A Response to Tim Watts’ Ransomware Bill

Proving that government meddling in the private sector’s cyber security practices isn’t a partisan issue, Labor’s Tim Watts, the Shadow Assistant Minister for Cyber Security, has introduced a Bill to force private companies to interact with the ACSC — the Australian Cyber Security Centre — which is part of the ASD, the Australian Signals Directorate.

The obvious problem? The ASD is primarily a spy agency, and the ASD is busily attempting to become more involved in the private sector’s cyber security practices. One doesn’t need to look too far into the future to see the issues with a spy agency becoming more involved with the private sector. In my opinion, the most surprising aspect of the Snowden revelations was the co-operation between government and the private sector, unbeknownst to the public.

In order to minimise mass surveillance, there needs to be a Chinese wall between the government and the private sector when it comes to cyber security; that is, the government should not regulate cyber security.

According to a federal government website, ransomware is already illegal under the Criminal Code Act 1995, which begs the question: Why are the spooks being involved when the police can already act?

The Bill would force private companies — and federal and state government entities — to disclose ransomware payments to the ACSC. The Bill would also allow the ACSC is disclose this information to the public; e.g., through the ACSC’s partner programme’s threat intelligence feed.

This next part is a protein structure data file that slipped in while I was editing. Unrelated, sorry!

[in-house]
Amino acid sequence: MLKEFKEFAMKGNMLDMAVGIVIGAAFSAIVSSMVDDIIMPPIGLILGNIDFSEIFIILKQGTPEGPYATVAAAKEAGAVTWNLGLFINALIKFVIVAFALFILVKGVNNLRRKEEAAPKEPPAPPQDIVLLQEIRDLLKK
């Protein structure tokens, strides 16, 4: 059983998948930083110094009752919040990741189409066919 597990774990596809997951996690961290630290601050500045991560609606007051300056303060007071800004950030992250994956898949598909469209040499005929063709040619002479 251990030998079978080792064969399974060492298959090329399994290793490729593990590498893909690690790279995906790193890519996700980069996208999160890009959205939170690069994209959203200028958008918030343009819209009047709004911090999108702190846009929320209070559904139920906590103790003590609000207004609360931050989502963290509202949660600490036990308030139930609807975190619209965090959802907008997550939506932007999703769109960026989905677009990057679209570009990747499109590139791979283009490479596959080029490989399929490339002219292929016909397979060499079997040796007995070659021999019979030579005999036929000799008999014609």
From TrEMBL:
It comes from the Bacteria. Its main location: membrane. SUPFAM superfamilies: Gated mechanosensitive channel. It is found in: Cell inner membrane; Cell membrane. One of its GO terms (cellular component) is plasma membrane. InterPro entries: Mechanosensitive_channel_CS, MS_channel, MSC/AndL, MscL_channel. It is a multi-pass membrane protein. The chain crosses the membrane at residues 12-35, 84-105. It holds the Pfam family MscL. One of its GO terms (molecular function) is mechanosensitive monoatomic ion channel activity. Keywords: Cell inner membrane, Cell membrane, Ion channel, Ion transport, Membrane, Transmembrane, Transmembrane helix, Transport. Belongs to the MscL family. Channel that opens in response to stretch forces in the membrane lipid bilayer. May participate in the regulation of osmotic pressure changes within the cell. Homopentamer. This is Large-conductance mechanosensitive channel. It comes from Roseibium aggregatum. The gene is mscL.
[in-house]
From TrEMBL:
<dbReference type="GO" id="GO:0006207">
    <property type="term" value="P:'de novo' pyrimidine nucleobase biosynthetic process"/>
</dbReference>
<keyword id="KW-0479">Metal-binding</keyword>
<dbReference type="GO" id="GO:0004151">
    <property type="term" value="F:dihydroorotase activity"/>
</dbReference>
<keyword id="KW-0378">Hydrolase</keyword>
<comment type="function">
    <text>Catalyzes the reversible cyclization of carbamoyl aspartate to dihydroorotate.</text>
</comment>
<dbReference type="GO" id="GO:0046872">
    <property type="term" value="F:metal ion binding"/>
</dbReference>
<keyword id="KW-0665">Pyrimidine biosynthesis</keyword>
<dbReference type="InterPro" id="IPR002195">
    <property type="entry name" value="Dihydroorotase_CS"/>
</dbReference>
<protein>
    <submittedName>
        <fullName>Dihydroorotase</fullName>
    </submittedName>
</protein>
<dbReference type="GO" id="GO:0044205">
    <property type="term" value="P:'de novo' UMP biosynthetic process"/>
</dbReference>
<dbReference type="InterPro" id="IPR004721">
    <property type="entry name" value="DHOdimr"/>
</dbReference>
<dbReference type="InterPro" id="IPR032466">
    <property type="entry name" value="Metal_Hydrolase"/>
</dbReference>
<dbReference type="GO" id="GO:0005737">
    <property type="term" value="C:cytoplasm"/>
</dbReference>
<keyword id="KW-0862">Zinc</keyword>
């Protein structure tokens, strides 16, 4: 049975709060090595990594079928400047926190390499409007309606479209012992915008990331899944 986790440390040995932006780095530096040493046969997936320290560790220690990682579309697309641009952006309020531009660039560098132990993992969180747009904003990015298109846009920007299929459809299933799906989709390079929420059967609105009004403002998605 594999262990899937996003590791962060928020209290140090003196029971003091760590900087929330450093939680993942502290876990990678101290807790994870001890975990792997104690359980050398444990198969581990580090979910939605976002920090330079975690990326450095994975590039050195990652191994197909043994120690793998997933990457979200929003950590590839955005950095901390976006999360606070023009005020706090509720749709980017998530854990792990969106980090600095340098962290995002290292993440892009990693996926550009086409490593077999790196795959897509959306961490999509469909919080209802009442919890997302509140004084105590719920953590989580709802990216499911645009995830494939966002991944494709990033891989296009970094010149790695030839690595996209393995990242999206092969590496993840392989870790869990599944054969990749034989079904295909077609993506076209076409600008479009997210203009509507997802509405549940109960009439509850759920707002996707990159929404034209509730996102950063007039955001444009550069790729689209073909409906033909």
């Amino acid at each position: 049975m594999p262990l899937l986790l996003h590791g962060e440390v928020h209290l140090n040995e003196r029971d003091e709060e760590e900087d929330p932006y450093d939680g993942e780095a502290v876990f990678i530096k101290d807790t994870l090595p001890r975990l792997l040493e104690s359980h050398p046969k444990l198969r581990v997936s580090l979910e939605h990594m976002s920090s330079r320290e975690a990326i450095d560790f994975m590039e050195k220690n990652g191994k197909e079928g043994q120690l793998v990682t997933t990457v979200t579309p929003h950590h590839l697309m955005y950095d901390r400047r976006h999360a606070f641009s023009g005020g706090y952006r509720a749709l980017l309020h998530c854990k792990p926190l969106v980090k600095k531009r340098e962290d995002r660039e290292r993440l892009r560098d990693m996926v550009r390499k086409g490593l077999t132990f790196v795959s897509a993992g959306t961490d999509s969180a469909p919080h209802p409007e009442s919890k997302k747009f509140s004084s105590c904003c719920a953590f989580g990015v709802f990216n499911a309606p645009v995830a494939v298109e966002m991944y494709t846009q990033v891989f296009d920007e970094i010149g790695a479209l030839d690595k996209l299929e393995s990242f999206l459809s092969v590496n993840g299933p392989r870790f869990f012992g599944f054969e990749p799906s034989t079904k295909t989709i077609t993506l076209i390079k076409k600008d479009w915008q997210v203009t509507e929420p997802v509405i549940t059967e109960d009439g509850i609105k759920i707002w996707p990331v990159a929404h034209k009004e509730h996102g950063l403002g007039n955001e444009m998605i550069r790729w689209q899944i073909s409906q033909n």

Worryingly, Watts said that the Bill is the first step, leaving the door wide open for forcing private companies to further co-operate with the spy agency. Watt’s Bill comes at a time when the ASD is demanding full access to critical infrastructure run by the private sector, under certain circumstances, to respond to cyber attacks.

The Bill highlights a number of repeating themes in my writing:

  1. When the door is opened by the government, there is no going back. Laws are very rarely abolished, and the scope creep, unintended consequences, and bureaucrats’ incentives only push in one direction.
  2. There is a worrying confluence of mass surveillance laws in Australia that intertwine government and the private sector. The proposed regulation of the cyber security industry in Australia will put the government in charge of the very networks and systems to which the ASD would love access, and they’re already demanding access under certain circumstances.

The demands of the ASD to have access to private sector networks, systems, and information are unacceptable, and the Bill needs to die a quick death.